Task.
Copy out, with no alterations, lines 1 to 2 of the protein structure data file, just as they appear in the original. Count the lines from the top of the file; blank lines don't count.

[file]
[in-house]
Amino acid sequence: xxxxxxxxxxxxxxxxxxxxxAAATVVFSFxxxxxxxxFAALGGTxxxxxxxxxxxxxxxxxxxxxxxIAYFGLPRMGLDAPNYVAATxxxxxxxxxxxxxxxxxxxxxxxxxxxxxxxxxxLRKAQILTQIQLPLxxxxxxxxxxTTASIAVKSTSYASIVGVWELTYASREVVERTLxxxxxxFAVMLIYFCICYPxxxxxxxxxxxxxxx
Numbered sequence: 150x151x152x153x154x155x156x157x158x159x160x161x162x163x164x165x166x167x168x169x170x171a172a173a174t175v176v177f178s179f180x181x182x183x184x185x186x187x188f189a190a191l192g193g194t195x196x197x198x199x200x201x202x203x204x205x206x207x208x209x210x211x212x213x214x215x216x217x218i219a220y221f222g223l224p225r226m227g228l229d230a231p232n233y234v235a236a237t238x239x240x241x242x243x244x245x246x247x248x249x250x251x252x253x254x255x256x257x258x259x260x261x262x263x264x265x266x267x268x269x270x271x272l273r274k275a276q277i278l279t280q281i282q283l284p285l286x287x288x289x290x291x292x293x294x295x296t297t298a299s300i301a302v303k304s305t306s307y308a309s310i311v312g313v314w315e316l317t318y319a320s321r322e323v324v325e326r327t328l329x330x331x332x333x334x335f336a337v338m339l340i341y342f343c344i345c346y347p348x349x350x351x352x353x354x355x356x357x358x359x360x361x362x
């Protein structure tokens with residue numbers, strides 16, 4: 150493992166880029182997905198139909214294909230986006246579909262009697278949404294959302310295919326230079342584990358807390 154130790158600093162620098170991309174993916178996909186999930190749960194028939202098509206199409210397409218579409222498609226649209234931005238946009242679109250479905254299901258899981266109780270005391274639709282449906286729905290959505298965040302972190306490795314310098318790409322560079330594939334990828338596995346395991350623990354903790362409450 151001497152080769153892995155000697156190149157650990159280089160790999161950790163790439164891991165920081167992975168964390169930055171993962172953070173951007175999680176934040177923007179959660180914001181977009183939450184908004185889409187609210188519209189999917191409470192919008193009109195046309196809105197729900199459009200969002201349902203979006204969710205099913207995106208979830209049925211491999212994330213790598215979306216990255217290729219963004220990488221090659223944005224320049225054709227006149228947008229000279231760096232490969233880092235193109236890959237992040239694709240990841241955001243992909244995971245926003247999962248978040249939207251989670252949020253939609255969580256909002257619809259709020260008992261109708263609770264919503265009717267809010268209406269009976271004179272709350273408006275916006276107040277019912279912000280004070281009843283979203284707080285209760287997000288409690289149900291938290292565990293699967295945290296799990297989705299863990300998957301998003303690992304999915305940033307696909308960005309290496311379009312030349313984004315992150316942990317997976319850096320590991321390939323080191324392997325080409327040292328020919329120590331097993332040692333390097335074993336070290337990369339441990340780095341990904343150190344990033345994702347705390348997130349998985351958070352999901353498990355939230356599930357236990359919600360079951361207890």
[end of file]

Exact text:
[in-house]
Amino acid sequence: xxxxxxxxxxxxxxxxxxxxxAAATVVFSFxxxxxxxxFAALGGTxxxxxxxxxxxxxxxxxxxxxxxIAYFGLPRMGLDAPNYVAATxxxxxxxxxxxxxxxxxxxxxxxxxxxxxxxxxxLRKAQILTQIQLPLxxxxxxxxxxTTASIAVKSTSYASIVGVWELTYASREVVERTLxxxxxxFAVMLIYFCICYPxxxxxxxxxxxxxxx